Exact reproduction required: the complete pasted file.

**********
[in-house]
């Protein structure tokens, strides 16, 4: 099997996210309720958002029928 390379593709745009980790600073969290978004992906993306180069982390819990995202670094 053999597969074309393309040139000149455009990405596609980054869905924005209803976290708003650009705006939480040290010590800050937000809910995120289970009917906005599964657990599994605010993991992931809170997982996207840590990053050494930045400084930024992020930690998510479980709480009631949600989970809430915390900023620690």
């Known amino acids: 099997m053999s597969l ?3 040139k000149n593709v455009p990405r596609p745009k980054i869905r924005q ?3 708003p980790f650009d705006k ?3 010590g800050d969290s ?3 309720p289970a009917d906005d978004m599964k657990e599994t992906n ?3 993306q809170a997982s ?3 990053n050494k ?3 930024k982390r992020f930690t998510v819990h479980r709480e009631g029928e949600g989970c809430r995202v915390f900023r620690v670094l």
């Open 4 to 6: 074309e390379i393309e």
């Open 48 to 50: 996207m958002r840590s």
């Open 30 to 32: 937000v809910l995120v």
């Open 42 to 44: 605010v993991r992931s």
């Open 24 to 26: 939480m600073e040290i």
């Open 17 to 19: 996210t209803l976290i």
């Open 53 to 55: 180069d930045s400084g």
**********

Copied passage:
[in-house]
């Protein structure tokens, strides 16, 4: 099997996210309720958002029928 390379593709745009980790600073969290978004992906993306180069982390819990995202670094 053999597969074309393309040139000149455009990405596609980054869905924005209803976290708003650009705006939480040290010590800050937000809910995120289970009917906005599964657990599994605010993991992931809170997982996207840590990053050494930045400084930024992020930690998510479980709480009631949600989970809430915390900023620690």
């Known amino acids: 099997m053999s597969l ?3 040139k000149n593709v455009p990405r596609p745009k980054i869905r924005q ?3 708003p980790f650009d705006k ?3 010590g800050d969290s ?3 309720p289970a009917d906005d978004m599964k657990e599994t992906n ?3 993306q809170a997982s ?3 990053n050494k ?3 930024k982390r992020f930690t998510v819990h479980r709480e009631g029928e949600g989970c809430r995202v915390f900023r620690v670094l």
């Open 4 to 6: 074309e390379i393309e």
């Open 48 to 50: 996207m958002r840590s």
């Open 30 to 32: 937000v809910l995120v």
């Open 42 to 44: 605010v993991r992931s």
């Open 24 to 26: 939480m600073e040290i």
């Open 17 to 19: 996210t209803l976290i």
């Open 53 to 55: 180069d930045s400084g």